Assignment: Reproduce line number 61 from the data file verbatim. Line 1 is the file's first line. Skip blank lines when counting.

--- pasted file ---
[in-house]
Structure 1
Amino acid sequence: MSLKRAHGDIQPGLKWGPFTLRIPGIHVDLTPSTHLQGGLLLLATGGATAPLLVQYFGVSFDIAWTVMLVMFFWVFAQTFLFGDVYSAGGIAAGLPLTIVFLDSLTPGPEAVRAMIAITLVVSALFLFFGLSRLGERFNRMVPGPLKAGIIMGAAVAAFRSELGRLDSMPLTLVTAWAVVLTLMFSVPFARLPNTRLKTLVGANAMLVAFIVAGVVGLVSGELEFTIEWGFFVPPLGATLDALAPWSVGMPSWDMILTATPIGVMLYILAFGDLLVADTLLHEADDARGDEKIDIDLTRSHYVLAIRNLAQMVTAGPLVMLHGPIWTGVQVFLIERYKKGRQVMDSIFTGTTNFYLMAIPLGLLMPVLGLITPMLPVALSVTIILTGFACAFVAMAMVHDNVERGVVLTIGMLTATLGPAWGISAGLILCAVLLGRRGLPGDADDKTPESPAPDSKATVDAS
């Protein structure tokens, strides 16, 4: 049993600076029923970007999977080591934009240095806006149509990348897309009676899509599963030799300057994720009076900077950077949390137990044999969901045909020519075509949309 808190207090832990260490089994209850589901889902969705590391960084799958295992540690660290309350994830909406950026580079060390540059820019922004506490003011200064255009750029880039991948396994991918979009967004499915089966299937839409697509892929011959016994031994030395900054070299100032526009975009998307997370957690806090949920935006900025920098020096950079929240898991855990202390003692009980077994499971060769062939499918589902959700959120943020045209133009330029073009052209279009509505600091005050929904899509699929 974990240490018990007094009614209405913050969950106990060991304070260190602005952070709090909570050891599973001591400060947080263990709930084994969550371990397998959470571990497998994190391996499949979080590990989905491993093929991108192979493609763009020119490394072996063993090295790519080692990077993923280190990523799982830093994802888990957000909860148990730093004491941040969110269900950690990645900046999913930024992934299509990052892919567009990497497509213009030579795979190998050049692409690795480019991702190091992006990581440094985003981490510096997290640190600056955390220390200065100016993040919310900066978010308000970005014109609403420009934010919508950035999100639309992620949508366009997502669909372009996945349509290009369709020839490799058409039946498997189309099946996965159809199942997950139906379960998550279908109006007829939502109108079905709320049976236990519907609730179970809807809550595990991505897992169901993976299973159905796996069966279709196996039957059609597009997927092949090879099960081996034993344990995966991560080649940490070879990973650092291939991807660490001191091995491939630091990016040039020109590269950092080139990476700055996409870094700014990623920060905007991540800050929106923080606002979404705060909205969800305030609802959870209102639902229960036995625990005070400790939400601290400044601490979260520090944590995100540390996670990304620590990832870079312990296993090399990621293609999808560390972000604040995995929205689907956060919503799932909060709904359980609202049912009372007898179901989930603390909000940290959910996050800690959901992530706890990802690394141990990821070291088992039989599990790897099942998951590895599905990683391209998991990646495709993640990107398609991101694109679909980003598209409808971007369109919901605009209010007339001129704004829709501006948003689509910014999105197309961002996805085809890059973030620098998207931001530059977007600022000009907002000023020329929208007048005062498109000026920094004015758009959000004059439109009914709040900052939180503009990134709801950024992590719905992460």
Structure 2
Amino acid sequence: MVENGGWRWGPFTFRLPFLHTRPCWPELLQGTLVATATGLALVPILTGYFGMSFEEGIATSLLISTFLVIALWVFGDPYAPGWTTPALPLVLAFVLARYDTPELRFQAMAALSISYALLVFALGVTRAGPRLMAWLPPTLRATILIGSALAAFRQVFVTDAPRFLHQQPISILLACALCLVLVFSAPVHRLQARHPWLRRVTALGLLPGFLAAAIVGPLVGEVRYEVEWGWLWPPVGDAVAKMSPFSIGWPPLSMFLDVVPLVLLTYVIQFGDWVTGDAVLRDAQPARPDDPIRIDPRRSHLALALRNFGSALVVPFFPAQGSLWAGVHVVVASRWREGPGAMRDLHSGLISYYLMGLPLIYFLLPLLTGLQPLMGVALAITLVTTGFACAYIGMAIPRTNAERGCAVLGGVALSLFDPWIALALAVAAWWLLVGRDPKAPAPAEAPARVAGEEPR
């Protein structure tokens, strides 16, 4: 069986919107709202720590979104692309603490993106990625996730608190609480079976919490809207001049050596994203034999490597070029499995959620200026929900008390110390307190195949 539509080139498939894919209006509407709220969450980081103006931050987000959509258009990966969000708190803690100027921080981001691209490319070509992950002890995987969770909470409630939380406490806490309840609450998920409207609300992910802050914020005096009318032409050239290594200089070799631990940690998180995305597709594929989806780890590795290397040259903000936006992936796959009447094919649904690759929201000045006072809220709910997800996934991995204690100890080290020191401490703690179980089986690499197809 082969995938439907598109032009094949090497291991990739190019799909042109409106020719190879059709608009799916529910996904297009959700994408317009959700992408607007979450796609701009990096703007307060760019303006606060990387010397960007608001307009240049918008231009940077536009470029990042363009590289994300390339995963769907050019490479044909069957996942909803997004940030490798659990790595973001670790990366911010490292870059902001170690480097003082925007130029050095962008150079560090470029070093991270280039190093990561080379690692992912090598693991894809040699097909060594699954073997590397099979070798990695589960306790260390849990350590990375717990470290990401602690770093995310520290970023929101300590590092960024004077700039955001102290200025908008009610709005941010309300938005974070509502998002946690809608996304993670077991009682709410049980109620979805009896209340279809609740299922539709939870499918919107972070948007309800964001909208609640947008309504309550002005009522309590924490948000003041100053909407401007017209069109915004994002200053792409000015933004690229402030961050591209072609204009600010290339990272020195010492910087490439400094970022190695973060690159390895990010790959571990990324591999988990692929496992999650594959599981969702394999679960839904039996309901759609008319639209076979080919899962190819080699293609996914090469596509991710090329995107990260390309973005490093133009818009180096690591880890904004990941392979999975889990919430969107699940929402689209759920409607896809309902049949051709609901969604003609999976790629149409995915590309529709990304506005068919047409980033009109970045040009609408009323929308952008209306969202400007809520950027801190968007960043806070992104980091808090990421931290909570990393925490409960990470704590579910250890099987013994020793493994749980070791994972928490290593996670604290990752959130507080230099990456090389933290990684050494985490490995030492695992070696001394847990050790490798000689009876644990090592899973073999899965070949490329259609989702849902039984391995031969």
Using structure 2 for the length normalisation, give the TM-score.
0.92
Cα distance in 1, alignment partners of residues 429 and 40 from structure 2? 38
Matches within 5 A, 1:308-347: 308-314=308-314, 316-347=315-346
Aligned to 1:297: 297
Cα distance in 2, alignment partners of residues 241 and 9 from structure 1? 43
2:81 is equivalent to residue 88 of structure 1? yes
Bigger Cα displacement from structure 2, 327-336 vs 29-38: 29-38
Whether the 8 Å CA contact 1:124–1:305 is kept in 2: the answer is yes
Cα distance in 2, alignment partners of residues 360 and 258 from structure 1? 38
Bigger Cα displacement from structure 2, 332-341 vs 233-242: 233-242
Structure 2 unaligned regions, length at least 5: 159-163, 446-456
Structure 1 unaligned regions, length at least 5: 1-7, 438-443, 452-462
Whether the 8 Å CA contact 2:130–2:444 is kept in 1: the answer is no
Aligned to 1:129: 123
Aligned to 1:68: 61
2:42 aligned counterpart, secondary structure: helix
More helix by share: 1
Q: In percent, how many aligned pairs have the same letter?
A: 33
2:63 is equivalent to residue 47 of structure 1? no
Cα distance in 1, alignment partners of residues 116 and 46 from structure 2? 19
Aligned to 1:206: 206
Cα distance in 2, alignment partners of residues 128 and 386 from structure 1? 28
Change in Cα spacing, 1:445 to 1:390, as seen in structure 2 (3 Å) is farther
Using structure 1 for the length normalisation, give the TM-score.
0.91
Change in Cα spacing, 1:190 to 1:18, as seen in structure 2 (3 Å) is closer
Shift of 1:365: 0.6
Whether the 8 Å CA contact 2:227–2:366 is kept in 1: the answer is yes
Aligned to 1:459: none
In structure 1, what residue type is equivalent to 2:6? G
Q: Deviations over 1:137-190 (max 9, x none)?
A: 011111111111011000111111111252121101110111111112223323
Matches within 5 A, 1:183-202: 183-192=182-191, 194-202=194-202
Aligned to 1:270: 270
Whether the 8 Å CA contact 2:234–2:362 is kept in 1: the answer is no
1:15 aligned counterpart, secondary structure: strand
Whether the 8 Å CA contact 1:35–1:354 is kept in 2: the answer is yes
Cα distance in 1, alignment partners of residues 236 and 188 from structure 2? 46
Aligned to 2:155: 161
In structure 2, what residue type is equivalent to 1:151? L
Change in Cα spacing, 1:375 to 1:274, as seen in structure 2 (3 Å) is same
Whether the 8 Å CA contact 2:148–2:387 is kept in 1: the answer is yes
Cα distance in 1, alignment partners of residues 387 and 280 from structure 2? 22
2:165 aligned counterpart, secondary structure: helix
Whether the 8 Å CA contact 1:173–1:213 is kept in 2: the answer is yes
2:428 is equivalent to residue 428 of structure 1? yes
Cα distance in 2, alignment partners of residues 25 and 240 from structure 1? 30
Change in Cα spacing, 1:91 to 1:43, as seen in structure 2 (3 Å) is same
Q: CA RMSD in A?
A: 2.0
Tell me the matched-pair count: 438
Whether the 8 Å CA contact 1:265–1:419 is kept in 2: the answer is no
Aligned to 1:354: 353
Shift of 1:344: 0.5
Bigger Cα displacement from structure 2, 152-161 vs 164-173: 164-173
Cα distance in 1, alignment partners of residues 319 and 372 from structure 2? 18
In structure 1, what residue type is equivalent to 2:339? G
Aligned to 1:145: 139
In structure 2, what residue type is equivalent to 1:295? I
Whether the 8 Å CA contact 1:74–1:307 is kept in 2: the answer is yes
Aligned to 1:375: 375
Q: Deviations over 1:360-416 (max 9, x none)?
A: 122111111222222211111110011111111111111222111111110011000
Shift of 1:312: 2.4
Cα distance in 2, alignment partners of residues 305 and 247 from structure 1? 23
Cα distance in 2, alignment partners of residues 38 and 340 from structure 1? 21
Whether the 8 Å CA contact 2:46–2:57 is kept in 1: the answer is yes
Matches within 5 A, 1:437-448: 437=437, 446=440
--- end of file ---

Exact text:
Whether the 8 Å CA contact 1:265–1:419 is kept in 2: the answer is no